A Brief History Of A Long Square Dance Career
Harold met Lill in
1942, they were engaged in 1943, married in 1944, and moved to Leigh, Nebraska, Harold’s home town.
Leigh was their home until they moved to Fremont, Nebraska in 1972.
They attended their first
square dance in August of 1952, at the Oak Ballroom in Schuyler. Lill remembered they had to be pulled
through the calls, because there were no square dance classes at that time. She said it was the
helpfulness and friendliness of the square dancers that convinced them to continue dancing.
Harold started calling
square dances in 1953. He & Lill were the first presidents of the club in Leigh, and members of the club
encouraged Harold to start calling. He was also asked to call for a club in Humphrey.
According to Harold, square
dance records were not common when he first started, and he had live accompaniment for the first few
months. Then, he bought an amplifier and speakers, added a record album of square dance calls, and
gradually built a library of 78 rpm records. Those thick and heavy 78’s gave way to the 45 rpm records
that came on the scene in the late 1950’s and early 1960’s.
Harold became a recording artist early in his career. His first recording made in 1957, was “I
Dream Of You” on Dash records, and featured the music of “Schroeder’s Playboys”. Through
the years, Harold recorded 42 square dance records, mostly on his own “Keeno!” label. Many of
the recordings were made in Omaha at “Sound Recorders” studios, and featured musicians from
Nebraska. Some of the songs he recorded include… “Don’t Sit Under The Apple Tree”, “That
Lady Loves To Dance”, “Later Than You Think”, “Johnny Will”, “Wooden Heart”, “The Old
Lamplighter”, “Round Robin”, “Those Were The Days”, and “Rolling On” (Freight Train). The term
“Caller” is a bit of a misnomer when applied to Harold. He really was an excellent “Singer” of
Harold & Lill considered themselves partners in the square dance business. Lill attended nearly
all of Harold’s dances, and helped him teach square & round dancing to thousands of people
during more than 44 years in the business. Lill excelled at round dancing, and eventually
selected and cued the rounds.
Harold & Lill started and served 10 square dance clubs in Nebraska that included the towns of
Columbus, Norfolk, Omaha, Fremont, Albion, Surprise, and Leigh. Some of their clubs continue
dancing to this day. Harold’s Squares of Columbus, Nebraska has enjoyed the greatest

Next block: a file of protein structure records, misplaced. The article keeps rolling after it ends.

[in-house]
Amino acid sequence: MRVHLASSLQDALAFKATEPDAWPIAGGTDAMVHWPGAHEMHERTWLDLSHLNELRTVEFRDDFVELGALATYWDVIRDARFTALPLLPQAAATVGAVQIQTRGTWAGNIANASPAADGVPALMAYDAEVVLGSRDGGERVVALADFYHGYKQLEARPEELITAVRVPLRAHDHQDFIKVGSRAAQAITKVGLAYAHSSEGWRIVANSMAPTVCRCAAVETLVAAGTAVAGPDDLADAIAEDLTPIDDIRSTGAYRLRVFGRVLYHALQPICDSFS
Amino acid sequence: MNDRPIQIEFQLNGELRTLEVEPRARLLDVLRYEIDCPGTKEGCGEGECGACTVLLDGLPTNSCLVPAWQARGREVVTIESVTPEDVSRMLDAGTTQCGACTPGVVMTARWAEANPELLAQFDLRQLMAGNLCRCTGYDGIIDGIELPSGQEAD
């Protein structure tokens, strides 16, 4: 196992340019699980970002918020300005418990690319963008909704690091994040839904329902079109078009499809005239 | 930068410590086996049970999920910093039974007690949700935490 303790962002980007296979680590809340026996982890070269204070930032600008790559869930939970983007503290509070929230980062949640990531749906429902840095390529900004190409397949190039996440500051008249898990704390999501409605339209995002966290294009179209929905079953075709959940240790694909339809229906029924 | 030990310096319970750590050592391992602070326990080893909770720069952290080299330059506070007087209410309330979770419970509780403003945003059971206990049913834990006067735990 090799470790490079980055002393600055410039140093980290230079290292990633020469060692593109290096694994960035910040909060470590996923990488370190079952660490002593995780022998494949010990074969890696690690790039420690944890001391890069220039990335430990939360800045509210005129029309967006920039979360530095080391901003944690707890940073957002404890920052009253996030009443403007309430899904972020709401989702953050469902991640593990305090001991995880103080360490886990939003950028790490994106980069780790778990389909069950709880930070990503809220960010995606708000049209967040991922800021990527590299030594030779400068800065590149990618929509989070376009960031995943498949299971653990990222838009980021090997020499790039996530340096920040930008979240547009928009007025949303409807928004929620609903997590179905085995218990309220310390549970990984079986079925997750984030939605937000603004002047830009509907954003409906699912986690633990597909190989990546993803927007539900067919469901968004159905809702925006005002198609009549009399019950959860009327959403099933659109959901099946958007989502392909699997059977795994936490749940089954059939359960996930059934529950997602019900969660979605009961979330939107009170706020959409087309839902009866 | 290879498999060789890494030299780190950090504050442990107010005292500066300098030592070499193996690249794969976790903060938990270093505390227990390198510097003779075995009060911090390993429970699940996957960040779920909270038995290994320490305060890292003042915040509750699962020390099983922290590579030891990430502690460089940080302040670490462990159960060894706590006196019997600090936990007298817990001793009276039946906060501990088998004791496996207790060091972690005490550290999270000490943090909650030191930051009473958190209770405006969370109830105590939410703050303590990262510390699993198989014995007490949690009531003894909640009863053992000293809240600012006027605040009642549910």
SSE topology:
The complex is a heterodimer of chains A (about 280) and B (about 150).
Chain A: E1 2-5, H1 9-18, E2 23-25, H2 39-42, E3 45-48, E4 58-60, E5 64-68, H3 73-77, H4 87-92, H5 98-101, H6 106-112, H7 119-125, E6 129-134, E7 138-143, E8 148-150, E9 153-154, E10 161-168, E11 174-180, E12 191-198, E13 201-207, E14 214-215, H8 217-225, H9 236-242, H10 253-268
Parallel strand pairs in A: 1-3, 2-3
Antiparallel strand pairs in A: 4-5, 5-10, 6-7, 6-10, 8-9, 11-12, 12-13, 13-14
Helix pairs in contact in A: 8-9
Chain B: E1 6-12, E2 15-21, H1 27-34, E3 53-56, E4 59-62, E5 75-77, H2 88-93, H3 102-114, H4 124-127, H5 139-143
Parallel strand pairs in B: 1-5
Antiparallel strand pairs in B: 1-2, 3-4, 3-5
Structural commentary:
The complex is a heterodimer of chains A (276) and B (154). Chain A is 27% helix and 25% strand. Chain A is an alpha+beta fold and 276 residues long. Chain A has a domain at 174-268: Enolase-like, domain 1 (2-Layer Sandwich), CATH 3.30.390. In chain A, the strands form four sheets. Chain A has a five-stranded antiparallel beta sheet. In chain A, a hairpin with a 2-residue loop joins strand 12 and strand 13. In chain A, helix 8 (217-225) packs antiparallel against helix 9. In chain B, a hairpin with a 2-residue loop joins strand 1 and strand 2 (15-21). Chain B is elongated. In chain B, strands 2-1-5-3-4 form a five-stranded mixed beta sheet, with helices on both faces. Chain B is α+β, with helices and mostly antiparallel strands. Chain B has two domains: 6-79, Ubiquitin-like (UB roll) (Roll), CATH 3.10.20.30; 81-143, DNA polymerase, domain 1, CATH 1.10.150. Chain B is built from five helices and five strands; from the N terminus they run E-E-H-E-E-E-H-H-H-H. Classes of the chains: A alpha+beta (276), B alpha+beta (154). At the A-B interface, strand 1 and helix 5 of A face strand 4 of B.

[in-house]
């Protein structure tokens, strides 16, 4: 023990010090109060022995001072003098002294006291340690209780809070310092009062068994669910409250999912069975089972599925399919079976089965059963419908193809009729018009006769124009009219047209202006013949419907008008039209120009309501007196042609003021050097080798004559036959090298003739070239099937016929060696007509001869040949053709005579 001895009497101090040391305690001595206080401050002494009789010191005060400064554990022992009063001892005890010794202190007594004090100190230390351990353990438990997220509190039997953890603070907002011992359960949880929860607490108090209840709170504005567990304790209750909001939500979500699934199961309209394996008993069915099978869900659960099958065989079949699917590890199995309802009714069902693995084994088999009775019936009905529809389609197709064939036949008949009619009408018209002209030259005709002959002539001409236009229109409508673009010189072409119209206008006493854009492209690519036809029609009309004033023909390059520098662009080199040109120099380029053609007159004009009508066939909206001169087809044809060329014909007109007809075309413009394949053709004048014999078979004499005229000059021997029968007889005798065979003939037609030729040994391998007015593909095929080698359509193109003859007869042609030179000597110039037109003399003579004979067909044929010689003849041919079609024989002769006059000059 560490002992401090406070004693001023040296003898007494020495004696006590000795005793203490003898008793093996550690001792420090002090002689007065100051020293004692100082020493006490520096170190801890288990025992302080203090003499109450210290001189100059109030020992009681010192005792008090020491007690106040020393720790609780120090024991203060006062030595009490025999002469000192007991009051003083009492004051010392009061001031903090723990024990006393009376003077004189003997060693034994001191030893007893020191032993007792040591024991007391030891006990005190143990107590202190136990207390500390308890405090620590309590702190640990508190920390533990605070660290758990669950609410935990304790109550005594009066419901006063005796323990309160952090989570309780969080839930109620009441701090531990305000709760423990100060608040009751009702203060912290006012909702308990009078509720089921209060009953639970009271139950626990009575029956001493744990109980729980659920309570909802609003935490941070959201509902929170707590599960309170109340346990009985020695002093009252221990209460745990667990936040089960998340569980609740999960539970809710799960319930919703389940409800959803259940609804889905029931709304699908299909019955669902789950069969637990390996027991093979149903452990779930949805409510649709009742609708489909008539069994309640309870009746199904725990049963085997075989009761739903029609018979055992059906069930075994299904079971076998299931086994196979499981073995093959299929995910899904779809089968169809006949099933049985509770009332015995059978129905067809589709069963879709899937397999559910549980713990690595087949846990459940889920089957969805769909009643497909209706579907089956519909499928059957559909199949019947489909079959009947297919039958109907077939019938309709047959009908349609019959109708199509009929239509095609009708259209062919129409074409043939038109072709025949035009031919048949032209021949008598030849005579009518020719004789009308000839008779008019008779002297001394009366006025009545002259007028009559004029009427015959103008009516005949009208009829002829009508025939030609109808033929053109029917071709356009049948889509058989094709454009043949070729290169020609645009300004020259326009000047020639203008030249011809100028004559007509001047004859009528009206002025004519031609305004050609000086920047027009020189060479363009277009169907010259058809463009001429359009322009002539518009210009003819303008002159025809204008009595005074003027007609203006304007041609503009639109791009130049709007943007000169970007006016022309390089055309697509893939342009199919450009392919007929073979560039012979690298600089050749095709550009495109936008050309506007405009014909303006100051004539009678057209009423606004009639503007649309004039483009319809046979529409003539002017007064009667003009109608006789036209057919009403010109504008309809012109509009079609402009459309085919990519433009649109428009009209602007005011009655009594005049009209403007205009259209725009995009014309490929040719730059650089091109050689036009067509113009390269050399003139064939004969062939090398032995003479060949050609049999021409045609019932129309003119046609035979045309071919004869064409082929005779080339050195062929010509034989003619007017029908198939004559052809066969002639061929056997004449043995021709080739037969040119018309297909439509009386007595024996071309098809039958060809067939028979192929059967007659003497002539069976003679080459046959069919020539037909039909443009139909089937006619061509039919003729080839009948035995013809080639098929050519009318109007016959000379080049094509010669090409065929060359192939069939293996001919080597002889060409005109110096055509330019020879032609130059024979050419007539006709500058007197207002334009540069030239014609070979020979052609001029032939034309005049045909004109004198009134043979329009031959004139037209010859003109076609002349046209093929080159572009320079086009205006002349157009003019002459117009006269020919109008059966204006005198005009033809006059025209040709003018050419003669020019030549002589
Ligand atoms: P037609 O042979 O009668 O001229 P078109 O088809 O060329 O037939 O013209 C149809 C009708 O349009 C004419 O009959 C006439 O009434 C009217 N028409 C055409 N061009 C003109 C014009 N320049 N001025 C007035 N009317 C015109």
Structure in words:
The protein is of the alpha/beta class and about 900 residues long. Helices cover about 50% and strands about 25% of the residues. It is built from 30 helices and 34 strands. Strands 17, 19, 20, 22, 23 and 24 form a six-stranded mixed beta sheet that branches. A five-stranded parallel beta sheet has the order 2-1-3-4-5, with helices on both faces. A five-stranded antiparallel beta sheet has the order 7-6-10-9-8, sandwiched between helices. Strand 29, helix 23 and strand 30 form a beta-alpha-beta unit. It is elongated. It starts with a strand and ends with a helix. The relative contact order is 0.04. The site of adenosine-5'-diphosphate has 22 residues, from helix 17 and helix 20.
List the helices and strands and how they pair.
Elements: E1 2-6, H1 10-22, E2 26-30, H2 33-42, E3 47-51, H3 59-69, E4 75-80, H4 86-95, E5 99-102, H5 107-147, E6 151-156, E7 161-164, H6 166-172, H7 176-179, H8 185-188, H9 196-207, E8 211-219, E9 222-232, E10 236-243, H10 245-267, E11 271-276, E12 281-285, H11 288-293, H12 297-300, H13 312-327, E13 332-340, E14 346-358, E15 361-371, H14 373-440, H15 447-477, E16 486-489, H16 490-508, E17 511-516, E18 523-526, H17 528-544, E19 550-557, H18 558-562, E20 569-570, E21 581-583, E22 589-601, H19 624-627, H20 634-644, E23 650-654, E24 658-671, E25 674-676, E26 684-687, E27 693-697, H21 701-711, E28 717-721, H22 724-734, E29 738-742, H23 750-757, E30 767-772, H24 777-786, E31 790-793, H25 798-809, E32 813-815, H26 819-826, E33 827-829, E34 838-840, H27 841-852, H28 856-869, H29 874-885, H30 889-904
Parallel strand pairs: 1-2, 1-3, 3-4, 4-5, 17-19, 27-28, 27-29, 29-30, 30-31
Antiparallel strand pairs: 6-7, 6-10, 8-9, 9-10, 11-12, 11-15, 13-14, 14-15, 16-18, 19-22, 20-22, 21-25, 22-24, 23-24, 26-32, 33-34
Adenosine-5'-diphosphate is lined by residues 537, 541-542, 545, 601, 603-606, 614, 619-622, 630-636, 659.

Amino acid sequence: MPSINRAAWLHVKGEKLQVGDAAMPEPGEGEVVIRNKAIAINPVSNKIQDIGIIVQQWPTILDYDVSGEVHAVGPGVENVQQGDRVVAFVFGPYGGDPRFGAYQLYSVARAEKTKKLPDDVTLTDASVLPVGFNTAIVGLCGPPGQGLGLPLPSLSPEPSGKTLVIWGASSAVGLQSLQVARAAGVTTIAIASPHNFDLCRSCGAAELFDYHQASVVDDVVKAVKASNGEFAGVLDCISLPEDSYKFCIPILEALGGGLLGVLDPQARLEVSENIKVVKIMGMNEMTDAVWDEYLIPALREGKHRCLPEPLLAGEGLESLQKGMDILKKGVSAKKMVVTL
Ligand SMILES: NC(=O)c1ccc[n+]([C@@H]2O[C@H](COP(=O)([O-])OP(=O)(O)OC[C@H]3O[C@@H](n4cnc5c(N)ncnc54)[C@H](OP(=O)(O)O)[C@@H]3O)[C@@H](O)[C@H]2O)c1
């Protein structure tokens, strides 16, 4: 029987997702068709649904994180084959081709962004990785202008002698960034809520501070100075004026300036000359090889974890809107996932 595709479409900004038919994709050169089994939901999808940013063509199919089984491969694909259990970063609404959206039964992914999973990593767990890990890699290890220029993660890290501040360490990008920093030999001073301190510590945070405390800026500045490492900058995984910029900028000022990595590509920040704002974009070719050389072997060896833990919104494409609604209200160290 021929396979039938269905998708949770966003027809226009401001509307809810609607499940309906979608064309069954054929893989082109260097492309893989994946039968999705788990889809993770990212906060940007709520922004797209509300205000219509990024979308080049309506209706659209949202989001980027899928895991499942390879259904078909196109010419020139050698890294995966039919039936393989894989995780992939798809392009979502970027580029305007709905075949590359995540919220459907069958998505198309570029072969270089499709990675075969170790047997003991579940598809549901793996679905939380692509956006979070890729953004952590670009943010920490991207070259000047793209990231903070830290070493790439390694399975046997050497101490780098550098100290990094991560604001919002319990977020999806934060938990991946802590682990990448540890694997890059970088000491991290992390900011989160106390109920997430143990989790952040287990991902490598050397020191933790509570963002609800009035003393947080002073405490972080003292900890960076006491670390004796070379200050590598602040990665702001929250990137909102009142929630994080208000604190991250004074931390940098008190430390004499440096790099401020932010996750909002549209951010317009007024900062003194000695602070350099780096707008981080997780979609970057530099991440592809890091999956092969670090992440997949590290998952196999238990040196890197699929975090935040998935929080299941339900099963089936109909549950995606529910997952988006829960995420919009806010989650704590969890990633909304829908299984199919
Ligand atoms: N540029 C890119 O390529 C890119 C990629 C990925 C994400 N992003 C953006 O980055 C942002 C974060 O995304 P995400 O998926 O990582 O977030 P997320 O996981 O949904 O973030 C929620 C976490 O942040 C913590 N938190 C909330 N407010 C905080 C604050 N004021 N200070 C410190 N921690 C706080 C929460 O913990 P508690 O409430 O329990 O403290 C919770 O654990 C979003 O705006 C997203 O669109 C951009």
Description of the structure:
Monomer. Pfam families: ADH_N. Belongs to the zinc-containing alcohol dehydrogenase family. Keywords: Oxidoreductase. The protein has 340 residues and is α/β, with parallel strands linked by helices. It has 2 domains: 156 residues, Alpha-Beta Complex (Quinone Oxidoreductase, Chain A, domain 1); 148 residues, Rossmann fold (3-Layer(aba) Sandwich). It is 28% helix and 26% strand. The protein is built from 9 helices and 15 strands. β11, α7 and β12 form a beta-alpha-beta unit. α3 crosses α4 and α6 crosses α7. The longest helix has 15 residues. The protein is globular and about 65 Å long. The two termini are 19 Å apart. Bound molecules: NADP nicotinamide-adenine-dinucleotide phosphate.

longevity. Harold and Lill called and cued for them for 43 years! Harold often called 25 nights a
month. In addition, Harold & Lill did “Calling Tours” that took them to 48 states, Canada, &
Germany. They were well known in square dancing throughout America.
Harold’s teaching went beyond dancers. He was a pioneer in establishing and conducting one of
the first “Callers Colleges” which he held annually for approximately 30 years. The callers who
attended were encouraged and trained in a relaxing atmosphere of camaraderie. Their calling
was also featured in front of a large group of square dancers at Harold & Lill’s “Dance-O-Rama”.
Jerry Junck attended one of the very first colleges held in Norfolk, Nebraska. In later years, the
school was held at Camp Comeca between Lincoln and Omaha. Harold also participated as a
staff member of caller’s schools around the country. He did a number of schools in Illinois,
Indiana, and also worked schools with Stan Burdick from Ohio.
Harold and Lill had the idea for the first Night Owl Dance as a result of a brainstorming session
one evening at a dancer’s home. The first Night Owl Dance was held on august 31, 1958 from
9:00 P.M. until 5:00 A.M. in Columbus, Nebraska. Lill designed the Night Owl badge, and in
1962, the Grasshopper badge. Beginning in 1975, the Night Owl badge could be earned by
dancing until 3:00 A.M.
Nebraska celebrated it’s Centennial in 1967. As a part of the celebration, Harold was asked to
call with the Omaha Symphony Orchestra as part of the summer entertainment program.
Dancers from around the state were invited to make up the squares, and Harold shared the
program with country music entertainer Rex Allen.
Harold and Lill contributed so much to square dancing, not only in Nebraska, but around the
country. They wrote numerous articles and columns for some of the State and National
Magazines around the country, and published their own newsletter, “The Reporter,” from about
1962 until 1998. Many dancers used this newsletter as their source for all the dances in the area
Harold and Lill called and cued dances
several times in Hawaii, across the United States, and Germany.
This includes calling a square dance on the deck of the Forestall Aircraft Carrier. Also, Harold and Lill were tour
guides for trips to Hawaii and a trip to Germany; most all of the people who traveled with them were square dancers that they
knew. Harold also was a past president of the National Callers Association. Harold and Lill stayed active in calling
and cuing until they passed away at the age of 74. They loved square dancing, but they especially loved the wonderful friends
they made and kept for so many years!
Many numbers were used throughout this summary, but it’s impossible to measure Harold & Lill’s
impact on square dancing, and the enjoyment they helped provide to people all over the United
States. They contributed tirelessly with their time and energy to this great activity we call square